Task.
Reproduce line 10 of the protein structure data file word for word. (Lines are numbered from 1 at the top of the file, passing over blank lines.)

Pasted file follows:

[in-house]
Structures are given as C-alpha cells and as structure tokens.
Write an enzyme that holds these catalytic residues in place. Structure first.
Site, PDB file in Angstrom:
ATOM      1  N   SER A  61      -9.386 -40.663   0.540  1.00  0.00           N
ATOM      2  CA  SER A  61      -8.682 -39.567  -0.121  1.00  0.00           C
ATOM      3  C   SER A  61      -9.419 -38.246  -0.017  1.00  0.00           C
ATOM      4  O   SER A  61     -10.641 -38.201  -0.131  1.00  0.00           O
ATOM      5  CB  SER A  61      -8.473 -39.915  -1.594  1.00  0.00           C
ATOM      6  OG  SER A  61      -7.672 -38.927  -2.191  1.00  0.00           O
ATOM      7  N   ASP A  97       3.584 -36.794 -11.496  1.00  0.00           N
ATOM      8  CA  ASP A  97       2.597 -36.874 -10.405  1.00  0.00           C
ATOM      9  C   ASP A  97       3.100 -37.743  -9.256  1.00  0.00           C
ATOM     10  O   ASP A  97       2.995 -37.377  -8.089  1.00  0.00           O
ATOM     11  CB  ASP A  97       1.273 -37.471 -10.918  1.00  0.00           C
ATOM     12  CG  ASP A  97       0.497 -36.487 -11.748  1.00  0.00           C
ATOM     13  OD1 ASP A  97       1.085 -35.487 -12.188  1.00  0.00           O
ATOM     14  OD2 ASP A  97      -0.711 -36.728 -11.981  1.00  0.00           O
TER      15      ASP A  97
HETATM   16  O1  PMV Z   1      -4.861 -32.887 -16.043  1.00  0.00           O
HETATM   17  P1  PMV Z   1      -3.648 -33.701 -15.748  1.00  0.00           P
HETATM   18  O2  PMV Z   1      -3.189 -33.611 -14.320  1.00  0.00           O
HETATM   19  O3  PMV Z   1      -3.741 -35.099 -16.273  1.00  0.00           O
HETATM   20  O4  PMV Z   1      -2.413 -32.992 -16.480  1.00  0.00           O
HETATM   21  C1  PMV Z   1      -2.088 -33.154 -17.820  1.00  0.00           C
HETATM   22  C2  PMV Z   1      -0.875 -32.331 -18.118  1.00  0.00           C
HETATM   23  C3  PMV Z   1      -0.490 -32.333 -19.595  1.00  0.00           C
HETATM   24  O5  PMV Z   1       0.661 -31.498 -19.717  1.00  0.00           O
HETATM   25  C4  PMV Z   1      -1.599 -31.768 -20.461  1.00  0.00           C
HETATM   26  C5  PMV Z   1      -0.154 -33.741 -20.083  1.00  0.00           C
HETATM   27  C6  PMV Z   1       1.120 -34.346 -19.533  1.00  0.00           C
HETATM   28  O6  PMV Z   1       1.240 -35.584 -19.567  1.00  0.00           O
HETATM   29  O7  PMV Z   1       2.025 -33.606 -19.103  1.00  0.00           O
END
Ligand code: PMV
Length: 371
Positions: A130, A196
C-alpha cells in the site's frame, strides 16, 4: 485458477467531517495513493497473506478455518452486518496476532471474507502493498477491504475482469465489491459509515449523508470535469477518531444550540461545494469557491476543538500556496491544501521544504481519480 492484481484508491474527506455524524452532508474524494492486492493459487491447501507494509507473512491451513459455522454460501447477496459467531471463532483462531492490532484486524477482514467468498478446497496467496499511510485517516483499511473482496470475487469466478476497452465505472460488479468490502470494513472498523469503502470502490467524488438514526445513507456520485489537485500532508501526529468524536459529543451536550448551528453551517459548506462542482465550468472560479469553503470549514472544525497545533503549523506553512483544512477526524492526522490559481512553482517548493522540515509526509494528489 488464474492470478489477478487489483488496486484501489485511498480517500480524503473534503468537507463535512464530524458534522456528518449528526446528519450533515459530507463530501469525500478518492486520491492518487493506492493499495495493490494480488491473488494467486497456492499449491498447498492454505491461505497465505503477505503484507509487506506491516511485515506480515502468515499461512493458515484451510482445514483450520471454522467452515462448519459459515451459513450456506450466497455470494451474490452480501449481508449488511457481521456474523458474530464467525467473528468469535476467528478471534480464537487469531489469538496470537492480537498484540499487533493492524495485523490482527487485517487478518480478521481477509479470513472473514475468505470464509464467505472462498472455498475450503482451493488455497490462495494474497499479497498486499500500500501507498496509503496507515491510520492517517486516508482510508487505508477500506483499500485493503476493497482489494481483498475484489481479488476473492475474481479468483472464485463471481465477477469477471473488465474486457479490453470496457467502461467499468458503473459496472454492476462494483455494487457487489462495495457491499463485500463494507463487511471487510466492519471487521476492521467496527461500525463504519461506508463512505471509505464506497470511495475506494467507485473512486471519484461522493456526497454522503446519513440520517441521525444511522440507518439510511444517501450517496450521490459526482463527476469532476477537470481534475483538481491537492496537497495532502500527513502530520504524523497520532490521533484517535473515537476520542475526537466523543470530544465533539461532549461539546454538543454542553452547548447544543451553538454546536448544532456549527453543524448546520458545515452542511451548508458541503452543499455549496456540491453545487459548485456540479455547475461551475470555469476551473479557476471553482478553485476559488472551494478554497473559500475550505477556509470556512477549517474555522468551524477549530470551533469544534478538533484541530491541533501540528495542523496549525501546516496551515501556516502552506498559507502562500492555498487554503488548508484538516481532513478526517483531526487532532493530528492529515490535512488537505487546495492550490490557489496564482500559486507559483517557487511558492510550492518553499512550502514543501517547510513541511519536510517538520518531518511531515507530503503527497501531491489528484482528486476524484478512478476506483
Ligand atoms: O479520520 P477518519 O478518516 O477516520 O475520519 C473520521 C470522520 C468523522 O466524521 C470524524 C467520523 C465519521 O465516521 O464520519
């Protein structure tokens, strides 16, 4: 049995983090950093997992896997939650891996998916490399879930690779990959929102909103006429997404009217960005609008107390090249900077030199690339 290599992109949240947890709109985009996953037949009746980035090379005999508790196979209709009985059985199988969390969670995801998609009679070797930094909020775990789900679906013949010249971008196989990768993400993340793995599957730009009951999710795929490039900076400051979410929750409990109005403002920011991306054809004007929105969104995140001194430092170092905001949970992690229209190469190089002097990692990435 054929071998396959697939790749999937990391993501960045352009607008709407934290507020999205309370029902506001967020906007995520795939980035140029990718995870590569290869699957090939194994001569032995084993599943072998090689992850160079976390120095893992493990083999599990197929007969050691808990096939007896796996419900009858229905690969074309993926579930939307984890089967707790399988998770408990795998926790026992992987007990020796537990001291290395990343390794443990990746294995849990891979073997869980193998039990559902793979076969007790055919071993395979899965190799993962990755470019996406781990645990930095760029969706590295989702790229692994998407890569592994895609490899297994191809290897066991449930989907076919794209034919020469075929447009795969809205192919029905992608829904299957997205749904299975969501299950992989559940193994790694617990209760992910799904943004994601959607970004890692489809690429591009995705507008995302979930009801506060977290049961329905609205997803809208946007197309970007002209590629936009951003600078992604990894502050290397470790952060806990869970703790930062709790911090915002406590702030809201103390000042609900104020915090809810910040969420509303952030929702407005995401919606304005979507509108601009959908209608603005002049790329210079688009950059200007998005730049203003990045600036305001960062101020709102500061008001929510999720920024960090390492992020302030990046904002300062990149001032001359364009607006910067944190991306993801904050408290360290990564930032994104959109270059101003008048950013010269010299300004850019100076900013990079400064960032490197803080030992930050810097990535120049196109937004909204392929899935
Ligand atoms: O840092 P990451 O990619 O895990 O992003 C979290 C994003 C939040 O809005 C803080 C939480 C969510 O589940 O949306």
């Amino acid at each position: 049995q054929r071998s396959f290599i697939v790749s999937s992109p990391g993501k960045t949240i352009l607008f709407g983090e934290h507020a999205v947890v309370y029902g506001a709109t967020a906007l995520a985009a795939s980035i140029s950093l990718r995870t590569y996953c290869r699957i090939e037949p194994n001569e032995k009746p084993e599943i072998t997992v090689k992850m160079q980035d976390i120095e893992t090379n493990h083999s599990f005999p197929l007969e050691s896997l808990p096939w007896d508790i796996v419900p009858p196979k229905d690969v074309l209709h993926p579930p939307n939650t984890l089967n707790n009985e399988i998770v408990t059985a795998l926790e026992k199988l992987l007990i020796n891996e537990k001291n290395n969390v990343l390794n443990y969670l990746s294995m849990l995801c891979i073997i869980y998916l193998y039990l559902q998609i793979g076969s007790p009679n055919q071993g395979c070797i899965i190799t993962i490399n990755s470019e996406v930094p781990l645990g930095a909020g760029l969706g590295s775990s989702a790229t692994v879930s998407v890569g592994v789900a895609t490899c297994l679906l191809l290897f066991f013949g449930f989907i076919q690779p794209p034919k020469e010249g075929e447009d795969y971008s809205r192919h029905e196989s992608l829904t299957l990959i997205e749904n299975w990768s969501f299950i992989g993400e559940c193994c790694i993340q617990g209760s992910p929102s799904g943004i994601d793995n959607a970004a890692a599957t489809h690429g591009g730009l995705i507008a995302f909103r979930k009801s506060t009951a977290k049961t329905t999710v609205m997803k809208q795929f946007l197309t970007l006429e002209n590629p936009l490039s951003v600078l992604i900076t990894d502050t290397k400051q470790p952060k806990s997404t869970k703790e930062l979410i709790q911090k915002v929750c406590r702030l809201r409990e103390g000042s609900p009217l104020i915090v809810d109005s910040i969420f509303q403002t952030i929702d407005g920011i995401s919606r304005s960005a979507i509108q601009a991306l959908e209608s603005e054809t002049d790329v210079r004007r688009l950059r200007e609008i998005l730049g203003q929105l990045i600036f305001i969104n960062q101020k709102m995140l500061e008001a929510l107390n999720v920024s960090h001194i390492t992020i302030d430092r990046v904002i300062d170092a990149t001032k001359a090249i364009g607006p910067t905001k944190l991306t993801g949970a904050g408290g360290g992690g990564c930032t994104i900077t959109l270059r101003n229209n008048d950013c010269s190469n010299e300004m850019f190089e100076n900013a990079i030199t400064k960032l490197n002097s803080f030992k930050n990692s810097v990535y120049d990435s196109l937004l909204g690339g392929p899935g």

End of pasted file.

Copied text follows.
ATOM      6  OG  SER A  61      -7.672 -38.927  -2.191  1.00  0.00           O